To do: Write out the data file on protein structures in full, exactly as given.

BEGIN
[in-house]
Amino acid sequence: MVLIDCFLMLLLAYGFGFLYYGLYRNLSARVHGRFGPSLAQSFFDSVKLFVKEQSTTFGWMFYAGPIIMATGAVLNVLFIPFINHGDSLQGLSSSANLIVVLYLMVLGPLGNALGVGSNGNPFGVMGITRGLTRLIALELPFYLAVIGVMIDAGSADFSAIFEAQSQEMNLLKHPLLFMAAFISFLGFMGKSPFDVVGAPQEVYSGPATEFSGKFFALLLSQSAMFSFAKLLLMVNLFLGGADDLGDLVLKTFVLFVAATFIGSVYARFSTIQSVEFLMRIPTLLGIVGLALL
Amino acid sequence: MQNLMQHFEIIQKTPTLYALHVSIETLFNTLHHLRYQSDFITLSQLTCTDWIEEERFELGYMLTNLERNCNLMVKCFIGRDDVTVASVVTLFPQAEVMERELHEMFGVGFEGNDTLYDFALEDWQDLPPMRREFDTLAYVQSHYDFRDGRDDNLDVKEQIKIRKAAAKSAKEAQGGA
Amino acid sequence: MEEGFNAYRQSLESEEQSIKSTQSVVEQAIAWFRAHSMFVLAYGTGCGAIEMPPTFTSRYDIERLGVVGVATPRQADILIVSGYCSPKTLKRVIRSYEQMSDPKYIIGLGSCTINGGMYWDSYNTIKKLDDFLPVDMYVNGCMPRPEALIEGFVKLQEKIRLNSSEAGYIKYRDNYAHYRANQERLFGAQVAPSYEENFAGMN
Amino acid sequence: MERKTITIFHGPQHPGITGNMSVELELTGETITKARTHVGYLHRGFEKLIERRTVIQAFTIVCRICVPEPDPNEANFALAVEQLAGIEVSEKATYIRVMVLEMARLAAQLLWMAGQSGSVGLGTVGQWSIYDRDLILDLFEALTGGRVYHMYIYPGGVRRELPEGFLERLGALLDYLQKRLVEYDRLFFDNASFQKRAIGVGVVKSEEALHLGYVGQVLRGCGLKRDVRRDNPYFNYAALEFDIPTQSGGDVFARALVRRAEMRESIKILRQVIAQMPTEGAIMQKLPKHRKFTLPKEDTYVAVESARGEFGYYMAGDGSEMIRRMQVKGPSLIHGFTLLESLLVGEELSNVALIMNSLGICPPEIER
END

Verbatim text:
[in-house]
Amino acid sequence: MVLIDCFLMLLLAYGFGFLYYGLYRNLSARVHGRFGPSLAQSFFDSVKLFVKEQSTTFGWMFYAGPIIMATGAVLNVLFIPFINHGDSLQGLSSSANLIVVLYLMVLGPLGNALGVGSNGNPFGVMGITRGLTRLIALELPFYLAVIGVMIDAGSADFSAIFEAQSQEMNLLKHPLLFMAAFISFLGFMGKSPFDVVGAPQEVYSGPATEFSGKFFALLLSQSAMFSFAKLLLMVNLFLGGADDLGDLVLKTFVLFVAATFIGSVYARFSTIQSVEFLMRIPTLLGIVGLALL
Amino acid sequence: MQNLMQHFEIIQKTPTLYALHVSIETLFNTLHHLRYQSDFITLSQLTCTDWIEEERFELGYMLTNLERNCNLMVKCFIGRDDVTVASVVTLFPQAEVMERELHEMFGVGFEGNDTLYDFALEDWQDLPPMRREFDTLAYVQSHYDFRDGRDDNLDVKEQIKIRKAAAKSAKEAQGGA
Amino acid sequence: MEEGFNAYRQSLESEEQSIKSTQSVVEQAIAWFRAHSMFVLAYGTGCGAIEMPPTFTSRYDIERLGVVGVATPRQADILIVSGYCSPKTLKRVIRSYEQMSDPKYIIGLGSCTINGGMYWDSYNTIKKLDDFLPVDMYVNGCMPRPEALIEGFVKLQEKIRLNSSEAGYIKYRDNYAHYRANQERLFGAQVAPSYEENFAGMN
Amino acid sequence: MERKTITIFHGPQHPGITGNMSVELELTGETITKARTHVGYLHRGFEKLIERRTVIQAFTIVCRICVPEPDPNEANFALAVEQLAGIEVSEKATYIRVMVLEMARLAAQLLWMAGQSGSVGLGTVGQWSIYDRDLILDLFEALTGGRVYHMYIYPGGVRRELPEGFLERLGALLDYLQKRLVEYDRLFFDNASFQKRAIGVGVVKSEEALHLGYVGQVLRGCGLKRDVRRDNPYFNYAALEFDIPTQSGGDVFARALVRRAEMRESIKILRQVIAQMPTEGAIMQKLPKHRKFTLPKEDTYVAVESARGEFGYYMAGDGSEMIRRMQVKGPSLIHGFTLLESLLVGEELSNVALIMNSLGICPPEIER